A New Plant in Indiana Uses a Process Called ‘Pyrolysis’ to Recycle Plastic Waste. Critics Say It’s Really Just Incineration – USAPosted on September 18, 2022 by DrRossH in Plastic Recycling
“The problem with pyrolysis is we should not be producing more fossil fuels,” said Judith Enck, a former regional director of the U.S. Environmental Protection Agency and the founder and executive director of Beyond Plastics, an environmental group. “We need to be going in the opposite direction. Using plastic waste as a feedstock for fossil fuels is doubling the damage to the environment because there are very negative environmental impacts from the production, disposal and use of plastics.”
In a document Brightmark filed in December with the EPA, the company acknowledged that just 20 percent of the plant’s output is its primary product—what it described as fuels. Most of the rest, 70 percent, is the synthetic gas that the company said is combusted with natural gas to generate heat, with 20 percent of that syngas burned away in a flare. The rest is the char, according to the filing.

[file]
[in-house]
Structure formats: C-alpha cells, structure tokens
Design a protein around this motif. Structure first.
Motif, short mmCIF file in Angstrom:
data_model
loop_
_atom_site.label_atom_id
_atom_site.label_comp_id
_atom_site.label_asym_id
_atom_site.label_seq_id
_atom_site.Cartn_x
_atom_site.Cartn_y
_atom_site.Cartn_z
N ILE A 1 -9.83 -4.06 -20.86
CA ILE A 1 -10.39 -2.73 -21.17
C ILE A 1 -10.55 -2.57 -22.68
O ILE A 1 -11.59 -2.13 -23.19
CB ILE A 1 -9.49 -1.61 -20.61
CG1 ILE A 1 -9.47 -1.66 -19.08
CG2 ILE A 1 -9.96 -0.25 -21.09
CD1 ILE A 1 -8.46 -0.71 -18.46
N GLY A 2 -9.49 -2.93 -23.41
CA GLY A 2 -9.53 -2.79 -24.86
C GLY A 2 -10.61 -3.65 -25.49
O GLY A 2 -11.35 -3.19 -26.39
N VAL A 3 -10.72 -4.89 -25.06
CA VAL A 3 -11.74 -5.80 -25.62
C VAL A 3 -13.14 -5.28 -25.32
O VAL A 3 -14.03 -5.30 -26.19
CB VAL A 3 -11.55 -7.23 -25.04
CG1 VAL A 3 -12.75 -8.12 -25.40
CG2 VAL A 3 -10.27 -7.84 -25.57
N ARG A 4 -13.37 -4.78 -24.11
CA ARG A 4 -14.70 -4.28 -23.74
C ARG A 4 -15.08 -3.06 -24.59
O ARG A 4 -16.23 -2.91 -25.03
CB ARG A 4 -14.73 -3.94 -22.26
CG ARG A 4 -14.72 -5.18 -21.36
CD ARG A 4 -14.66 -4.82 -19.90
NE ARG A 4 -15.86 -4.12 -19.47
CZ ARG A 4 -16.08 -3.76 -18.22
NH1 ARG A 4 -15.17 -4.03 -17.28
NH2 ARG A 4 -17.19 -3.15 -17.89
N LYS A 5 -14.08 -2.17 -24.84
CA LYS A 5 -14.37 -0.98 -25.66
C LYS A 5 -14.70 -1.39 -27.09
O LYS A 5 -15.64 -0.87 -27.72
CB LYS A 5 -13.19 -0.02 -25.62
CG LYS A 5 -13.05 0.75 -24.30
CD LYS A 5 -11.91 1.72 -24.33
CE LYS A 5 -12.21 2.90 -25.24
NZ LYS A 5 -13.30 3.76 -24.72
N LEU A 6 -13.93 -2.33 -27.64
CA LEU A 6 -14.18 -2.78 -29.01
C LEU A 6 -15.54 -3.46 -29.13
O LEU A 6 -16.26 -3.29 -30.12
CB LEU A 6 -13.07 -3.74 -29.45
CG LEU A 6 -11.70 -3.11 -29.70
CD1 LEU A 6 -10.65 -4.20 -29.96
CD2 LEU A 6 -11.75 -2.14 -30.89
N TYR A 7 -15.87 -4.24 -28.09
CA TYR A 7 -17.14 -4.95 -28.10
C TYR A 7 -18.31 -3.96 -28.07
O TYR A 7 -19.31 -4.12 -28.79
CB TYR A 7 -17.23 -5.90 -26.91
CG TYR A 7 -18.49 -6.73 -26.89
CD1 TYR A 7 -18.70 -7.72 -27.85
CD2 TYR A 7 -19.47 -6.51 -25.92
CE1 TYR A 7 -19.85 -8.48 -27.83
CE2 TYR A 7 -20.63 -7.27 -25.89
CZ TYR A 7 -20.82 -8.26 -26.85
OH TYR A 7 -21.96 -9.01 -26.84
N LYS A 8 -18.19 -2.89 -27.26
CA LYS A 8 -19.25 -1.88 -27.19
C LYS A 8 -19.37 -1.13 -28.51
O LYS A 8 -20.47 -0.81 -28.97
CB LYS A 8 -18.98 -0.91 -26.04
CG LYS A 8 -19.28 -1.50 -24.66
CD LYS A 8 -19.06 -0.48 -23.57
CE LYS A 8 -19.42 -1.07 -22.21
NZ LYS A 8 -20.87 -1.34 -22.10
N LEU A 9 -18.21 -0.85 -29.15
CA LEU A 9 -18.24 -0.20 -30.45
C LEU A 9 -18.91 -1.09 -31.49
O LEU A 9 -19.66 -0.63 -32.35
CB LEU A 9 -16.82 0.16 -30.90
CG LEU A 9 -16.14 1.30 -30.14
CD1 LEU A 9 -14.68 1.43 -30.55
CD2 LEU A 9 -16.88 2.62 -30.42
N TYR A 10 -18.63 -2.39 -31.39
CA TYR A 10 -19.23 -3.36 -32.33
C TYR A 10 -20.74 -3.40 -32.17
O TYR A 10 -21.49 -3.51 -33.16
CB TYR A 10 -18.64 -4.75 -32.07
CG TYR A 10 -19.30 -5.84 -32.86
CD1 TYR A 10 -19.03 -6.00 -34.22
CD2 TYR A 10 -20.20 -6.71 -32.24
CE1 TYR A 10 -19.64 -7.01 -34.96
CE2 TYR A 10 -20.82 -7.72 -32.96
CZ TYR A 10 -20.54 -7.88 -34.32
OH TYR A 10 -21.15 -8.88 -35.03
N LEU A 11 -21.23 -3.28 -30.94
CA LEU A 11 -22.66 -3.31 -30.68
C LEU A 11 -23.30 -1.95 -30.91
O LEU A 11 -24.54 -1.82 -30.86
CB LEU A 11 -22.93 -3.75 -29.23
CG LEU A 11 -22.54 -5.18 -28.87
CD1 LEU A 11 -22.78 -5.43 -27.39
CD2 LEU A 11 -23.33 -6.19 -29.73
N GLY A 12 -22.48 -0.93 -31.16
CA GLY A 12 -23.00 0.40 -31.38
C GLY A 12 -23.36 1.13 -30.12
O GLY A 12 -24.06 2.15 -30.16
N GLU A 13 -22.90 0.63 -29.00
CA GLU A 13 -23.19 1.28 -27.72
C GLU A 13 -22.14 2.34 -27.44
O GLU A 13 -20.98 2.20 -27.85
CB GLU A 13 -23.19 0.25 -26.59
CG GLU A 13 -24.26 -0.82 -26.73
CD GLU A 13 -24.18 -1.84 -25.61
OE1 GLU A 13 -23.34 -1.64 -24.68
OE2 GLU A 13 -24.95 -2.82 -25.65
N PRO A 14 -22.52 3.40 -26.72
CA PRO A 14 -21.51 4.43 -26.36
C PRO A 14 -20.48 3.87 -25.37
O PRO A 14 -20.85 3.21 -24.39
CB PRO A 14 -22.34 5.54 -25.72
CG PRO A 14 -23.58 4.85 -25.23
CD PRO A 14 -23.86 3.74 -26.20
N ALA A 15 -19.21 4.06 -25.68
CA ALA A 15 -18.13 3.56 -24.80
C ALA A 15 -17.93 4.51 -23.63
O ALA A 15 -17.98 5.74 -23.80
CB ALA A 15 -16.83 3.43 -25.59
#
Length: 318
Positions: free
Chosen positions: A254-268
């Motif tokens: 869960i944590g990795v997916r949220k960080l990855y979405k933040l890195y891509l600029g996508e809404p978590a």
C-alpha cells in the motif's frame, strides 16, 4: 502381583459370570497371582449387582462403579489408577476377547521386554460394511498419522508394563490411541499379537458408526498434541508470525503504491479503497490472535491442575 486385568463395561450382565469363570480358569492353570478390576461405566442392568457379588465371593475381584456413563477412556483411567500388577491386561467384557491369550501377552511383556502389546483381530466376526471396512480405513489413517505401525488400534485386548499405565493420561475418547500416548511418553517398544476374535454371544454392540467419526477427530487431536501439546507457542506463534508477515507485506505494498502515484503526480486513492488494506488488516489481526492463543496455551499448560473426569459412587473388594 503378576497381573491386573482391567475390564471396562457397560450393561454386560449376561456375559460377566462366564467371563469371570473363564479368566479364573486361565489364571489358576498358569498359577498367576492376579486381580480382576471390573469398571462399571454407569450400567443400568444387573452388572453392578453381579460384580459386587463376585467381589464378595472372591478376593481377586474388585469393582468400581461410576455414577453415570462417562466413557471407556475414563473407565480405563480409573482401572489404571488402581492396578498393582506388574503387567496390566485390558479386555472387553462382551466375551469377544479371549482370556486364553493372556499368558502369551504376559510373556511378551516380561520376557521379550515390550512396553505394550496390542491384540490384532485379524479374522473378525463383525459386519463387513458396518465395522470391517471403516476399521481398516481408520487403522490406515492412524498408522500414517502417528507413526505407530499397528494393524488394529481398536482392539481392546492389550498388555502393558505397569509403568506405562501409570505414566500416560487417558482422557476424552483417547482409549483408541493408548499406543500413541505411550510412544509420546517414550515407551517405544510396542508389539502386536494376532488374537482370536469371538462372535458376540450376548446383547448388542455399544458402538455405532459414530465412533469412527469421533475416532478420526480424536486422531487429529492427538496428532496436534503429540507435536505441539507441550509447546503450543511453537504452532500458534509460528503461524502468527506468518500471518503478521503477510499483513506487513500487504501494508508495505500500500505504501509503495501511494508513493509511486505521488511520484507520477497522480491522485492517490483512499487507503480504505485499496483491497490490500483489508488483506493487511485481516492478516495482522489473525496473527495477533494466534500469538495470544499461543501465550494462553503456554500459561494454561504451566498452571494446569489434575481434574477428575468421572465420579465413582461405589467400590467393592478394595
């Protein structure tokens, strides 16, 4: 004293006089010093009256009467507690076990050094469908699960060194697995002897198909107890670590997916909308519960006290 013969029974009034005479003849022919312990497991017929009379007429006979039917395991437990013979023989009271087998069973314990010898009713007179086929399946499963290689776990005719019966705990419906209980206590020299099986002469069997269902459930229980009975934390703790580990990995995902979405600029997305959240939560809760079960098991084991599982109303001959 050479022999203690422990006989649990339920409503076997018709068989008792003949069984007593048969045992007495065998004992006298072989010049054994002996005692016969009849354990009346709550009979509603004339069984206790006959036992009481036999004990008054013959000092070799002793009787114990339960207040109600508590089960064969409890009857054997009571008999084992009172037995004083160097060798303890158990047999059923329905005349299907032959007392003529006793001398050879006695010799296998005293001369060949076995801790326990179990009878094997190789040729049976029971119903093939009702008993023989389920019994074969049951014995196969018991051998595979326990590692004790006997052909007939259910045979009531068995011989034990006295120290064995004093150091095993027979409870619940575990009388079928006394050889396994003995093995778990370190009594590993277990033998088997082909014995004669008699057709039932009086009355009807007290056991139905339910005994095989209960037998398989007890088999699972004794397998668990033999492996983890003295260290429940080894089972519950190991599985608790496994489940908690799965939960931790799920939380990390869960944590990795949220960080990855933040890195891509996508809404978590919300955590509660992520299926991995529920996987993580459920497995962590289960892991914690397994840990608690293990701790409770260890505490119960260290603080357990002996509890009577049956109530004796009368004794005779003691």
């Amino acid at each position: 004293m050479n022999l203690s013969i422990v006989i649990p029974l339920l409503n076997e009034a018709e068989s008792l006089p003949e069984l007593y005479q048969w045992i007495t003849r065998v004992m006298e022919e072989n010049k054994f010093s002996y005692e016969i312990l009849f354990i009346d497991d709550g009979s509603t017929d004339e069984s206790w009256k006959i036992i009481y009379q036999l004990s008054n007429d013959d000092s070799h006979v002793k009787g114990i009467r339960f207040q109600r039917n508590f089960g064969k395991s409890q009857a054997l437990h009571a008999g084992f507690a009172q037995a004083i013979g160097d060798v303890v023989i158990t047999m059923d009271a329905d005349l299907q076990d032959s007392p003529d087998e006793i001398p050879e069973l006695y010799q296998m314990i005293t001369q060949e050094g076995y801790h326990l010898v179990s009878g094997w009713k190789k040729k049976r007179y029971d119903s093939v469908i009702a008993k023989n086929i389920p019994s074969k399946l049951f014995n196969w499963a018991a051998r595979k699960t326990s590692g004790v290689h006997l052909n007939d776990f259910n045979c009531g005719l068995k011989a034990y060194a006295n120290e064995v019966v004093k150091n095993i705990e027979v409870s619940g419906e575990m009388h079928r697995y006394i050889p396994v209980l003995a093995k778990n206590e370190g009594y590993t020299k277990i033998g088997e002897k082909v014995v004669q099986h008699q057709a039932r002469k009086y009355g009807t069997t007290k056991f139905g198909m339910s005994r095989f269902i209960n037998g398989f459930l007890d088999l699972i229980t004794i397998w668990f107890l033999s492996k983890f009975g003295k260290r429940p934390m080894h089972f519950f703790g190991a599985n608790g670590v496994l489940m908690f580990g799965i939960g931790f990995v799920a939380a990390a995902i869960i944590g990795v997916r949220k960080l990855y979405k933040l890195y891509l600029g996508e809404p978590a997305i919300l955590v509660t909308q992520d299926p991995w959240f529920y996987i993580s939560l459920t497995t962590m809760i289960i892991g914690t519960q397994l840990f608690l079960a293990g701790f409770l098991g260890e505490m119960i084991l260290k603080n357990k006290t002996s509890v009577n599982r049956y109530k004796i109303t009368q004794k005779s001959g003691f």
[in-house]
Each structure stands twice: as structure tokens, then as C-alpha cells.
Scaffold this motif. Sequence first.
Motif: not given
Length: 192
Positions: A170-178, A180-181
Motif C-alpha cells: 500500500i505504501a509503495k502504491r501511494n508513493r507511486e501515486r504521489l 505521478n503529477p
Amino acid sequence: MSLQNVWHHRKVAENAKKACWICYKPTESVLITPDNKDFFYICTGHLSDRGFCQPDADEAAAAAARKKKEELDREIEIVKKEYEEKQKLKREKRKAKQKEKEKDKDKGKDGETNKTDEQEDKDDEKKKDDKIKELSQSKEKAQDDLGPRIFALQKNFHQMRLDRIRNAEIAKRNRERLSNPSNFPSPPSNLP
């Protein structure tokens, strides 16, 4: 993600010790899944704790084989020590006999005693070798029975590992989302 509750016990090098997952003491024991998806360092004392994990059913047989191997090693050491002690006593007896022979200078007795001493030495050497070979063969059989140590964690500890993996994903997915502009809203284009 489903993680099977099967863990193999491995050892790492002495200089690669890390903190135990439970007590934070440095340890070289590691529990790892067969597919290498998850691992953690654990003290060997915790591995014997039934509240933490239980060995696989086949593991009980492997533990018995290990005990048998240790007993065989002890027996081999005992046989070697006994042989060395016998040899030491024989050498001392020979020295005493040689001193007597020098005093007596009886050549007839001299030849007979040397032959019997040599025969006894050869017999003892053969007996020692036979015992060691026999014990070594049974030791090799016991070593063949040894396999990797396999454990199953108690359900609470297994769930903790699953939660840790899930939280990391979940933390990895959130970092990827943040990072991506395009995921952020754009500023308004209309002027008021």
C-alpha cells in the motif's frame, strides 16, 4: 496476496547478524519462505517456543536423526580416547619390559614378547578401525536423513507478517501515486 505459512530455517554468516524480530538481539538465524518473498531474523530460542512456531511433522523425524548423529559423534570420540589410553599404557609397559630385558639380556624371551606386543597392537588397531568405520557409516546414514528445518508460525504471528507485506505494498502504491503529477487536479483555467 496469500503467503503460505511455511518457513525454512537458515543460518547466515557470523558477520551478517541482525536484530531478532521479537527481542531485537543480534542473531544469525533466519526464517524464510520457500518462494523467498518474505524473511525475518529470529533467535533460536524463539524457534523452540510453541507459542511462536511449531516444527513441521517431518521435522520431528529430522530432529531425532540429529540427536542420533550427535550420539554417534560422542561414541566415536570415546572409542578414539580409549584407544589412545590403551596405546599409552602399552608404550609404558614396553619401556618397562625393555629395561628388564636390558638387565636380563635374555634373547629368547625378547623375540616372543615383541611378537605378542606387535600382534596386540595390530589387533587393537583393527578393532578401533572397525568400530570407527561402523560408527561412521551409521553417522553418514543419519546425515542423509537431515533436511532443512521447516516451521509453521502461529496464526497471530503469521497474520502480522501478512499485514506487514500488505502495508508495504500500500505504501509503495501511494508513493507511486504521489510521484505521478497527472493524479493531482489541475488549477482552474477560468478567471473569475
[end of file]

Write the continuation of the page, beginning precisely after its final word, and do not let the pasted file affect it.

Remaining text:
“The fact that pyrolysis operations have to burn so much of the material to get to the high temperatures is a fundamental flaw,”
Facilities that turn plastic waste into gas and then burn the gas to help generate heat for the pyrolysis process are in effect still burning the plastic, with at least some oxygen involved in both steps in the process, said attorney James Pew, director of the environmental group Earthjustice’s clean air practice.
“There’s this perception that there’s so much plastic waste in the world and in the country, which there is,” Dell said. “And then they hold up this magic plant that they say is going to recycle everything from households all mixed together, and people believe it. But it can’t. It can’t handle the changing variety of household plastic waste and the unavoidable contamination.”
But numbers contained in the lifecycle analysis further strengthened the criticism that the company isn’t really recycling plastic. In its analysis, the study shows that just 16 percent of the plastic waste entering the plant and just 20 percent of what enters the pyrolysis process after sorting, would actually be converted to naphtha, the plastics feedstock.
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